Keywords are defined as "the words that academics use to reveal the internal structure of an author's reasoning. While they are used primarily for rhetoric, they are also used in a strictly grammatical sense for structural composition, reasoning, and comprehension. Indeed, they are an essential part of any language."
Note the last sentence in this definition. Keywords, especially long-tail keywords, are indeed an essential part of how we communicate and how we search for answers and solutions when conducting an online search. This couldn't be more true in the business world and how the B2B buyer thinks and searches.
So what makes a keyword phrase a long-tail keyword phrase? And what are the best practices to make every word in these phrases count?
Head Match Keywords vs. Long-Tail Keywords
As marketers, we sometimes still think in terms of the head match keywords we want to be found for. But as searchers, we have all begun to adapt to using a more long-tail keyword approach to find a more specific solution or answer.
For example, if your business is a manufacturer of custom packaging equipment, you likely want to be found for the head match keyword "packaging equipment." This is considered a head match phrase since it's only two words, making it much more competitive to rank highly for in organic search results.
Thinking like your ideal buyer (let's say a manufacturer of windows) and how they may be searching for the solution you provide, an ideal long-tail keyword phrase to target may be "packaging solutions for windows" or "custom packaging solutions for windows." Compared to the head match keyword that was comprised of only two words, these long-tail phrases are more descriptive and contain 4-5 words.
These long-tail phrases may receive fewer searches on a monthly basis but are easier to rank for and more likely to result in the right type of traffic to your website, since "packaging equipment" is very broad.
Best Practices for Writing Long-Tail Keywords
Thinking and writing in the form of long-tail keywords should always feel natural. If it feels forced and awkward you're likely trying to use too many words. That's why using a guide of 4-5 words as a basis is a good place to start, but nothing says you can't use 6-7 words.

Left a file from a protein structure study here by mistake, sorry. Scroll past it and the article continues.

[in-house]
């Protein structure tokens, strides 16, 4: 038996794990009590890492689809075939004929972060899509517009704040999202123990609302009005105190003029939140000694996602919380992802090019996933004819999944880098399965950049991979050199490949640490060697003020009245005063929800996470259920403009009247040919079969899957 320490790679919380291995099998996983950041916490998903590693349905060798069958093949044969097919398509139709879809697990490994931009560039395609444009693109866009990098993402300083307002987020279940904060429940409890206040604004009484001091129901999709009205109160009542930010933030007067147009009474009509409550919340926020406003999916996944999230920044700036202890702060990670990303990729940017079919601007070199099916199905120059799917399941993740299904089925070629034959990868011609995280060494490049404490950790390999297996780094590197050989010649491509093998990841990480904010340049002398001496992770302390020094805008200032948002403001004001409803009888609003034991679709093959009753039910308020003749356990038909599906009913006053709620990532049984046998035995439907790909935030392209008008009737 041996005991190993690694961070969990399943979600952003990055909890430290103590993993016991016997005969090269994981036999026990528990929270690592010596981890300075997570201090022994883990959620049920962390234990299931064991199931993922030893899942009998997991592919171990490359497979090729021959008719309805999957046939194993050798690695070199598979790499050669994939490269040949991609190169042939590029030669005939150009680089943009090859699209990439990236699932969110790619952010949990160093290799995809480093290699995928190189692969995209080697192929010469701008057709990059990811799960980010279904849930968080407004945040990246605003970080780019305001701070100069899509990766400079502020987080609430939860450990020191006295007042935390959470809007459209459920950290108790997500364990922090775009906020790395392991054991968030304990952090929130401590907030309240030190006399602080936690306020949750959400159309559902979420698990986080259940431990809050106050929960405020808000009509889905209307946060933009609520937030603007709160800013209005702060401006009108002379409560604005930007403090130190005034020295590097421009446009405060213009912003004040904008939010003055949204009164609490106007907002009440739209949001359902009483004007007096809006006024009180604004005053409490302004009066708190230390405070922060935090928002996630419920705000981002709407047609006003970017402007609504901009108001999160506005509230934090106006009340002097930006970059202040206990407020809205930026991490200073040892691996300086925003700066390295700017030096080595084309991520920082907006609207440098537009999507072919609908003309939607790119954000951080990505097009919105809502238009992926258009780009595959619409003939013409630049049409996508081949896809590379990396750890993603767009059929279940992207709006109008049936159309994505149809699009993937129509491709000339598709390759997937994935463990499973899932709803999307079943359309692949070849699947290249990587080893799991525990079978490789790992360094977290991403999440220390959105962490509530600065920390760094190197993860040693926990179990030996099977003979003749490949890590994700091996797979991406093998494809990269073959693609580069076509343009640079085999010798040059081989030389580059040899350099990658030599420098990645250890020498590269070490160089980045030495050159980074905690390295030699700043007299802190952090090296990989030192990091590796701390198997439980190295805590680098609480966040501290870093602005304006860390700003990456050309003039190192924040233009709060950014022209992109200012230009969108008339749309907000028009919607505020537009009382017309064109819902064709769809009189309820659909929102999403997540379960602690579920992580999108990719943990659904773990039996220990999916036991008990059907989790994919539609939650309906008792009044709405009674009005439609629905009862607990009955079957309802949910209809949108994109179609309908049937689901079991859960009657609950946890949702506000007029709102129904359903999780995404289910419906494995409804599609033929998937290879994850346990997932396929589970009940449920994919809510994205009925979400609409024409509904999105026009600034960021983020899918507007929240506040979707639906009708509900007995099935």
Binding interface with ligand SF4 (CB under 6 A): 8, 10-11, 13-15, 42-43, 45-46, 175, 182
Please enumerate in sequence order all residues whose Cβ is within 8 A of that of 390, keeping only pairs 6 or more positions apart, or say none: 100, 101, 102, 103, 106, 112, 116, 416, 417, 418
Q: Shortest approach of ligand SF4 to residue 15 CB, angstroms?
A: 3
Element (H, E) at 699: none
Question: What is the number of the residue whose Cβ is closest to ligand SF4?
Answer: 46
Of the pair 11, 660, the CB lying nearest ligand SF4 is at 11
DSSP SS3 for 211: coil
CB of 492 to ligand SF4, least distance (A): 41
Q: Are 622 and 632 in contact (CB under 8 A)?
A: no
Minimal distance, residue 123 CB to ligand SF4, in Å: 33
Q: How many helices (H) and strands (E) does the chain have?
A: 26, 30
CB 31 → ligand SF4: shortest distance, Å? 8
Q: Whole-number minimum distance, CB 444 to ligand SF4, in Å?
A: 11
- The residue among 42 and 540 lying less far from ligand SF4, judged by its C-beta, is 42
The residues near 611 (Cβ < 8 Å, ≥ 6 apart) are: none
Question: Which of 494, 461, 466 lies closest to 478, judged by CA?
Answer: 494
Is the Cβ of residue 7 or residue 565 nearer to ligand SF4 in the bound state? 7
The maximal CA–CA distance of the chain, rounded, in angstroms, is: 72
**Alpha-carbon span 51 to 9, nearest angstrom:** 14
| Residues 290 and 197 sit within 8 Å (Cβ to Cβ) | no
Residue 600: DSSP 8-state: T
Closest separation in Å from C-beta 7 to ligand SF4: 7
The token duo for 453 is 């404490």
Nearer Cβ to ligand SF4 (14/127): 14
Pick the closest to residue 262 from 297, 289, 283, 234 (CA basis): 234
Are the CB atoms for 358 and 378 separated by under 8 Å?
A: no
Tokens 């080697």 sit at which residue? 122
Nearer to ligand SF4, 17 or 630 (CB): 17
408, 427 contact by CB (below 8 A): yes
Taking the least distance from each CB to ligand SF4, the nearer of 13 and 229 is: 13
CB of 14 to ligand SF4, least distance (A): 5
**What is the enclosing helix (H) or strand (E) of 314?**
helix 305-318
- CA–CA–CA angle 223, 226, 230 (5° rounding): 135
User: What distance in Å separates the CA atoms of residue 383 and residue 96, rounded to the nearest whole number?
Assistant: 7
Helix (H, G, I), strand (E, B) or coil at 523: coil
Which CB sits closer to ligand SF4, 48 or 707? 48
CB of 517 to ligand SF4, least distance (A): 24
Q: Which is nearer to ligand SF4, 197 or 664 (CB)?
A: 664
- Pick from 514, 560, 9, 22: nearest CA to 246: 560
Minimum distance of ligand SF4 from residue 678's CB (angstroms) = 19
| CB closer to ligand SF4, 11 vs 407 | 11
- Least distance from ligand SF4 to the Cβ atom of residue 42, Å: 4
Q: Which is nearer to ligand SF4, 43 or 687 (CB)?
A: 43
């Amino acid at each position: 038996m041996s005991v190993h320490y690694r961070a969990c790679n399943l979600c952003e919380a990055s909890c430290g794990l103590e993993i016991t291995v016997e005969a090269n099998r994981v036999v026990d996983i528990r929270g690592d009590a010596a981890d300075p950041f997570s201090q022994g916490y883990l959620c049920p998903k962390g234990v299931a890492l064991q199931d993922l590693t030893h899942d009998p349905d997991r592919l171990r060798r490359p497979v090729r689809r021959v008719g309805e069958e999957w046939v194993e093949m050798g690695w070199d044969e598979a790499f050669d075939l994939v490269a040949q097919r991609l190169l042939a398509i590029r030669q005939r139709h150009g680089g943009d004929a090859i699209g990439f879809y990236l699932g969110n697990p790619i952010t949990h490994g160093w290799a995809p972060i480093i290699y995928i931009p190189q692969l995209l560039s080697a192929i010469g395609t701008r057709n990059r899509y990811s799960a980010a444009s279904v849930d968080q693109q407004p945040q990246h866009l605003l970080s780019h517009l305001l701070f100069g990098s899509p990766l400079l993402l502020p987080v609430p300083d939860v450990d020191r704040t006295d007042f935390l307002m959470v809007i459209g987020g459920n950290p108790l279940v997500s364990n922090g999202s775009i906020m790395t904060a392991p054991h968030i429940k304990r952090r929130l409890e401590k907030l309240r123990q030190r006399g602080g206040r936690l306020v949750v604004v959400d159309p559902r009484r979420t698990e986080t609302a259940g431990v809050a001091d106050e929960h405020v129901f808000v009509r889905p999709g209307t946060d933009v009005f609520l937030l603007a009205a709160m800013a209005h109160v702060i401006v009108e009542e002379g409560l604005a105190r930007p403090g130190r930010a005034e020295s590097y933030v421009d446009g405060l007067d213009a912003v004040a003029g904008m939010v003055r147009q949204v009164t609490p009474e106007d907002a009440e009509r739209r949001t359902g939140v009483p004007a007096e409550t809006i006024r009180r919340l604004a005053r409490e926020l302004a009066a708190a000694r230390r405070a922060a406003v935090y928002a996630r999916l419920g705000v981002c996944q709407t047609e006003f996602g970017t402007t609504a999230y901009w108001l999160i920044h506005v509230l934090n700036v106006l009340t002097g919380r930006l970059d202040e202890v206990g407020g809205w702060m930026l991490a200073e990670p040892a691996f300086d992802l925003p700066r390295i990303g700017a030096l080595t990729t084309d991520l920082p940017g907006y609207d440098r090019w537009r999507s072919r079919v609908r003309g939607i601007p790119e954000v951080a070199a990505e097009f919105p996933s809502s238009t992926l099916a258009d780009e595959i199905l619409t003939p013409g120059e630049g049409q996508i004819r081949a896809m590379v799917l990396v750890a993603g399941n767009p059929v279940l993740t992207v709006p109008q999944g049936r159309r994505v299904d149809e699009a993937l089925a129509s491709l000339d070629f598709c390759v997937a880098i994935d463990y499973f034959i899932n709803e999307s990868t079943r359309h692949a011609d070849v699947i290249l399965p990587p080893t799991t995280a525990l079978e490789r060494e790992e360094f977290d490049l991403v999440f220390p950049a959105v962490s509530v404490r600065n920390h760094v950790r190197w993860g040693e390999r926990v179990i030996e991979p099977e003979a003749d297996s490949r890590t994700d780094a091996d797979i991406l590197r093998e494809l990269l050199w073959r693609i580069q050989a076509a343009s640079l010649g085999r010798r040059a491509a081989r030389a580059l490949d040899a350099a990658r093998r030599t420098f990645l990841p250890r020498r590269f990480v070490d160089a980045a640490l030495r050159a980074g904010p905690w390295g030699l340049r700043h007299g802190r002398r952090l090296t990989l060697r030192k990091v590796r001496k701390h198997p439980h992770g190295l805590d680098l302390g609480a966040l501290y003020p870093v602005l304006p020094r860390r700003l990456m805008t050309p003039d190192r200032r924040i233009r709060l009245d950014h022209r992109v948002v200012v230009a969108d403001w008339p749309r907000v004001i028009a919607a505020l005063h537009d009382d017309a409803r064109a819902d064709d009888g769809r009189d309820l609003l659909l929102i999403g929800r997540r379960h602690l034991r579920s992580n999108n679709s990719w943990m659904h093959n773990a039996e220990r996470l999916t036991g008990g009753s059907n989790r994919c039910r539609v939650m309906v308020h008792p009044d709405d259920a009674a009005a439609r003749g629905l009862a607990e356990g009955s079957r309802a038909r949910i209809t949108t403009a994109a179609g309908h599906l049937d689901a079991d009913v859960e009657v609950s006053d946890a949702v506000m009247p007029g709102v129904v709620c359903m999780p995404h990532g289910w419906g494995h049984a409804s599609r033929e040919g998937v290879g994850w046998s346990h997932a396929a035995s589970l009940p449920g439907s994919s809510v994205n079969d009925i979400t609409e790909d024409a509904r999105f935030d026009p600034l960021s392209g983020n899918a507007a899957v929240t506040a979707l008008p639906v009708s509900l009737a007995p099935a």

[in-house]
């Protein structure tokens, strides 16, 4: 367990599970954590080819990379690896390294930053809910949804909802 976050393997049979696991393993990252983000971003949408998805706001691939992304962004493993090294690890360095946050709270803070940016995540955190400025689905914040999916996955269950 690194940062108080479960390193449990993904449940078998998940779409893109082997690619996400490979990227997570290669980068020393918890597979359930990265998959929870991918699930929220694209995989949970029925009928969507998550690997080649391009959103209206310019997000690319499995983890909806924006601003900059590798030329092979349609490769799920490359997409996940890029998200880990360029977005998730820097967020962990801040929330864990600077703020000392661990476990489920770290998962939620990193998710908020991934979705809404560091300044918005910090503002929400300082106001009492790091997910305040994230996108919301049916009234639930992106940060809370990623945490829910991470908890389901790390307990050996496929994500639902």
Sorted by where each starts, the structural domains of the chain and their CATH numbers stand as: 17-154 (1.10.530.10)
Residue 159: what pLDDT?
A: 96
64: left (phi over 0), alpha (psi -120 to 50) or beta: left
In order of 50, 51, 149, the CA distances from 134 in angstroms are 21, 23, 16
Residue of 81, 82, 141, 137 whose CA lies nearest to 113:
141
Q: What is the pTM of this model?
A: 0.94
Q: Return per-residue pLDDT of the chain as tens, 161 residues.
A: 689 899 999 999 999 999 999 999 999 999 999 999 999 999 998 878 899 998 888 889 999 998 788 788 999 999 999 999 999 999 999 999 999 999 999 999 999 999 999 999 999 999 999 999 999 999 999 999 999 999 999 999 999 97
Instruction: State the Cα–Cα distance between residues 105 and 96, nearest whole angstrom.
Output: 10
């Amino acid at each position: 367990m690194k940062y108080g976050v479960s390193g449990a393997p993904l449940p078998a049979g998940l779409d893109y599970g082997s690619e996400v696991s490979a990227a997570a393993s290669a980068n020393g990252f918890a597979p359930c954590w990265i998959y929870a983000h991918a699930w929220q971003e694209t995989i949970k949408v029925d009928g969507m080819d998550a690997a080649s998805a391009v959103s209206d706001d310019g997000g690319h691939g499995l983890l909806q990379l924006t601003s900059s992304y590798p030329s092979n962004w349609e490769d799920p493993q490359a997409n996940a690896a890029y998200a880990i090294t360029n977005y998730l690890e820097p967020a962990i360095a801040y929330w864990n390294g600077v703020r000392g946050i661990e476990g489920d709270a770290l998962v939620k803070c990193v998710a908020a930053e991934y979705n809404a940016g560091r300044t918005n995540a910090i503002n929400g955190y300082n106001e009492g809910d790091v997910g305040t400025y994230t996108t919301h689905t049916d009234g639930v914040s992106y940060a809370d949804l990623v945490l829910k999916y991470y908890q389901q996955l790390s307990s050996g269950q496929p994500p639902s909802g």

The intended use of your long-tail keyword phrase, whether it be for a blog article title, website page title or video title, should also influence how you write your phrase and how you pair it with additional words. Using the long-tail phrase example I mentioned above, here's how it could be utilized in different ways:
- Blog Article – Custom Packaging Solutions for Windows That Result in Less Waste
- Website Page Title – Custom Packaging Solutions for Window Manufacturers
- Video Title – How [Company Name] Engineers Custom Packaging Solutions for Windows
Each usage keeps the long-tail phrase in tact but utilizes additional words to further support its use, and help it feel natural to the end-user.
The Long-Term Benefit of a Long-Tail Approach
As I referenced above, a long-tail keyword will receive fewer monthly searches than a highly competitive head match keyword. But by targeting the right long-tail phrases, and numerous variations of those phrases, you'll begin to be found at the top (or near the top, depending on your industry) of search results for those search phrases.
In comparison, trying to only target competitive head match keywords will take more time, more effort and possibly more budget, since you'll likely need to resort to paid options such as Google AdWords. And, you'll be attracting a lot of the wrong search traffic depending on how broad the phrase is.
By adopting a long-tail mindset and finding creative ways to utilize these phrases in various online content formats, including even your personal and company social media profiles, you'll be hard to ignore when your ideal buyer begins their search for the custom solution/answer that you have to offer.